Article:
"I think that Ada & Zangemann is a great way to learn about software and tech while also being fun and relating to real world experiences."
Zafyr Rahman, 10-year-old Tech Enthusiast
"The book made me think about technology. And how amazing it is. I'm gonna work to get the government to make a law that says nobody may use non-free software."
Rowan Wolf, 6-year-old Software Freedom Activist
"Such a fun children’s book about getting hands on with tech and the importance of an open ecosystem for development. . . I love the illustration too"
Una Kravets, UI &Tooling Developer Relations Team Lead at Google Chrome
"If you have a child curious about software development, this book might be just the right thing to pique their interest."
Jack Wallen, Linux magazine
"An uplifting parable for our greed- and power-infused times."
Dan Gillmor, Director of News Co/Lab, Arizona State University
"A beautiful tale about software freedom, creativity and resilience. Such a powerful message on what a community can achieve."
Nikos Roussos, Tech Lead, Greenpeace International
"I read this book to my 6-year old child who was drawn by the beautiful illustrations and couldn’t wait to hear the story. It’s been the start of a much-needed conversation on out-of-the-box thinking, digital freedom, and contesting power in the age of surveillance."
Claire Fernandez, Executive Director, European Digital Rights (EDRi)
"The story's engaging illustrations and relatable characters make it easy for children to understand the message, while also serving as a parable for adults who may not have had exposure to these concepts. I highly recommend Ada & Zangemann to parents, teachers, and anyone who wants to inspire the next generation of innovators and tinkerers."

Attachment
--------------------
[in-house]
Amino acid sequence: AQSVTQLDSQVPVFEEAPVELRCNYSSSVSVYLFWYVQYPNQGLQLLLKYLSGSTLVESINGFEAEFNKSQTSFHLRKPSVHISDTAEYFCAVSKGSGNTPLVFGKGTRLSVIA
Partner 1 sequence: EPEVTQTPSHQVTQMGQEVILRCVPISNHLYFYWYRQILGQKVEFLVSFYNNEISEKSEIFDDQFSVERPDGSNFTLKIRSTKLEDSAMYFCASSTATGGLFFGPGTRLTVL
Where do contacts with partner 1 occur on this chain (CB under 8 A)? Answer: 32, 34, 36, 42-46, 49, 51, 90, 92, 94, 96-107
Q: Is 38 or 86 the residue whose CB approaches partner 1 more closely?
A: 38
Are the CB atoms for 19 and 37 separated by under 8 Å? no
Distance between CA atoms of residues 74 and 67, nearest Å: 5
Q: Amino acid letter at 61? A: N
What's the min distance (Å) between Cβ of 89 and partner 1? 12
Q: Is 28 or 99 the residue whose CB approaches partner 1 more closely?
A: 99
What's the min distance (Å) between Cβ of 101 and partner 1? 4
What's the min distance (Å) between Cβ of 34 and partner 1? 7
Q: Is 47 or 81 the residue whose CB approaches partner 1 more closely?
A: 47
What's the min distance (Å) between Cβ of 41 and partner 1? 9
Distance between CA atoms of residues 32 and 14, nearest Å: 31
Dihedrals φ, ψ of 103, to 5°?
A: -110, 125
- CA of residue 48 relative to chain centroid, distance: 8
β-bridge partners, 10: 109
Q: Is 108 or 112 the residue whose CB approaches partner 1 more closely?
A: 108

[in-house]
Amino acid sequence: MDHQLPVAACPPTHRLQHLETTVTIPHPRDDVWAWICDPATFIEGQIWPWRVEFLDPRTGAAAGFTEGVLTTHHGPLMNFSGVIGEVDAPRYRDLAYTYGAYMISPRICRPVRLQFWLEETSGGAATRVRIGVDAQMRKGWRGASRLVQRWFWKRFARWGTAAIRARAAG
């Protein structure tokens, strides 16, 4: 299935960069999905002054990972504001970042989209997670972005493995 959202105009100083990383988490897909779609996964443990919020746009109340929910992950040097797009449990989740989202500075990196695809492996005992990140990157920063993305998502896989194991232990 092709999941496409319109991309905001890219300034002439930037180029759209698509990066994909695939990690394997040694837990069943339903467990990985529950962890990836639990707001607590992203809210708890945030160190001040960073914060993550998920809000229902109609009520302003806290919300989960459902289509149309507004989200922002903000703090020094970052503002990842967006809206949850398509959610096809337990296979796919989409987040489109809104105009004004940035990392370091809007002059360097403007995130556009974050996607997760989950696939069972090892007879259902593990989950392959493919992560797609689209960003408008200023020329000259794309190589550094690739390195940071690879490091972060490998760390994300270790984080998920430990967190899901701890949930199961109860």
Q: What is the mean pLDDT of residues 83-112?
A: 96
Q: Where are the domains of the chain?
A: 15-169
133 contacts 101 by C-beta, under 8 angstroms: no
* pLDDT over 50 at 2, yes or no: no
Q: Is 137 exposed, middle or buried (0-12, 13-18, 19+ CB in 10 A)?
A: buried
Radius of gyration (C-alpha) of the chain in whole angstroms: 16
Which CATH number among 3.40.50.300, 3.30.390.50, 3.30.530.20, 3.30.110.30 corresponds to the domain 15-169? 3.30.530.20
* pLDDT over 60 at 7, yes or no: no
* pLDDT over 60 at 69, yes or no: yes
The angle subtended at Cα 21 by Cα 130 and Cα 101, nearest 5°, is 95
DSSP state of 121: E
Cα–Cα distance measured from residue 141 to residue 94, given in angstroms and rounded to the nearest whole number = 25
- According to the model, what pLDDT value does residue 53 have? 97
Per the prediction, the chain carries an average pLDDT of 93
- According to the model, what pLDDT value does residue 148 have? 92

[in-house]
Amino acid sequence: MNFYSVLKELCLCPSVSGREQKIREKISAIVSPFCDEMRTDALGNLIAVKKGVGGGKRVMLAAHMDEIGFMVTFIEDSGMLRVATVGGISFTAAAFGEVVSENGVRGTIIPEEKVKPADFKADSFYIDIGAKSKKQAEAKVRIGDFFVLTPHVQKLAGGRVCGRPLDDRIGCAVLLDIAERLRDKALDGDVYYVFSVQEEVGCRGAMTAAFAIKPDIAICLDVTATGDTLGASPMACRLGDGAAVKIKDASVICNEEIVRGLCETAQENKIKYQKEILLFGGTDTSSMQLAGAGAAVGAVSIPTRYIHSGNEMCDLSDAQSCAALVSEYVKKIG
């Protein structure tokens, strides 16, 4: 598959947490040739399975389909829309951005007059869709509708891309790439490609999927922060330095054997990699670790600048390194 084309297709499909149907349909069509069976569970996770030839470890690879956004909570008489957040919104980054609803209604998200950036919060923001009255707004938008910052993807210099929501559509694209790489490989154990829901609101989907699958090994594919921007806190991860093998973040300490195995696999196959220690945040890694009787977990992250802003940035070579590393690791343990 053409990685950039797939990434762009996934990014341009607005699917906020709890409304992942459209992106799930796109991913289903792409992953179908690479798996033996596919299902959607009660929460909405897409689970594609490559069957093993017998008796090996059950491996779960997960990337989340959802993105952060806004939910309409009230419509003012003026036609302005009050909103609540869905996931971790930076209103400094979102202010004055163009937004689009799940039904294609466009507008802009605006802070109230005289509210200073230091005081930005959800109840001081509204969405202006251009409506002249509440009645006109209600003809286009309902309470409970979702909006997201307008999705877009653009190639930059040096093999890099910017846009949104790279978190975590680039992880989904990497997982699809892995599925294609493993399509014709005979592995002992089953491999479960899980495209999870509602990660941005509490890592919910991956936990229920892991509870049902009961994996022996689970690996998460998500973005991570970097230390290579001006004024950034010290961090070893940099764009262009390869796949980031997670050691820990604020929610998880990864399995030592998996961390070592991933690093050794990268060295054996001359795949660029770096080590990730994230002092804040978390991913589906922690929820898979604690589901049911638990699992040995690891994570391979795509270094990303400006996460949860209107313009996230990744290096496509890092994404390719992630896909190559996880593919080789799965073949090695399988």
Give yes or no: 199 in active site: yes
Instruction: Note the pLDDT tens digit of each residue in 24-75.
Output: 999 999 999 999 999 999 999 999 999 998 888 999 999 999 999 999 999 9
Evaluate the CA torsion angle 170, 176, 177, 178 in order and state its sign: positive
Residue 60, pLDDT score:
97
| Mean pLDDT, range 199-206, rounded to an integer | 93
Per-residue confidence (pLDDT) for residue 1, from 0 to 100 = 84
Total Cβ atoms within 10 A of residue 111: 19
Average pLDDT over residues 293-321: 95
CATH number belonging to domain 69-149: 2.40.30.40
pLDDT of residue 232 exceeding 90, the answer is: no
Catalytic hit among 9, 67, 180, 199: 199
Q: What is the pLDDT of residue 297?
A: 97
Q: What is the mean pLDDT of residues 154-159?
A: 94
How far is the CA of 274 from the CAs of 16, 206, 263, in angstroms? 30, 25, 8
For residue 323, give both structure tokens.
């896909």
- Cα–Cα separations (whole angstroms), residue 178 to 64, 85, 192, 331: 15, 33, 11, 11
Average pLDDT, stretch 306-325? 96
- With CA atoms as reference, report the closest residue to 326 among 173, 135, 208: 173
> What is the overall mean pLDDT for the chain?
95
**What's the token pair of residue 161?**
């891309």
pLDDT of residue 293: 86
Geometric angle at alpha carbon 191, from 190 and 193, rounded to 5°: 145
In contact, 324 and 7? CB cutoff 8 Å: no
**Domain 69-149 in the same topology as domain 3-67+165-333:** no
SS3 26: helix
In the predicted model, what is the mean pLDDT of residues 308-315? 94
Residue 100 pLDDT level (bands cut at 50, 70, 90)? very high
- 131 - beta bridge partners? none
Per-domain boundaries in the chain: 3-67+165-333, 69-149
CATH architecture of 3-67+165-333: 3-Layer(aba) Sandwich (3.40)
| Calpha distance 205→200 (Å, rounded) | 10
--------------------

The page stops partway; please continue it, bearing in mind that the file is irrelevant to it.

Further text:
Roberto Di Cosmo, co-founder and director of Software Heritage
"A brilliantly illustrated journey of discovery and resilience that will inspire any young mind to embrace their curiosity and create with technology"
Zach Latta, Founder of Hack Club
"Ada & Zangemann does a great job explaining what open source is and why it matters in a way that is easy to understand no matter what your background is."
Myrle Krantz, Director of Engineering, Grafana Labs
"Reading this with my 7 year old daughter was a joy. Ada exploring her curiosity, taking action, learning, and enjoying her accomplishments are lessons I deeply value and through this book become a delight to empart"
Andy Fitzsimon, Director, Executive Business, SUSE
"Inspiring literature teaching children and adults lessons of ingenuity, adaptation, problem-solving and social affairs all through the lens of software freedom. The social and behavioral implications of this children's book will have a net positive result for current and future generations."
Douglas DeMaio, openSUSE board member
"You got to love a tech savvy heroine who teaches herself to build and code. This is a sweet book with a great message about the social importance of free software and the ability to modify and adapt our own devices."
Mathias Klang, Associate Professor, Fordham University
"An approachable read that children and politicians alike can understand and hopefully take away some insight into the value of software freedom."
Open Source Tech Training
"A wonderful book that explores the worlds of two very different characters. While their backgrounds and lifestyles couldn't be more different, there is something they both have in common... their love for technology. Ada & Zangemann highlights themes of access, collaboration, and community - and shows how the combination of all three can literally change the world around you."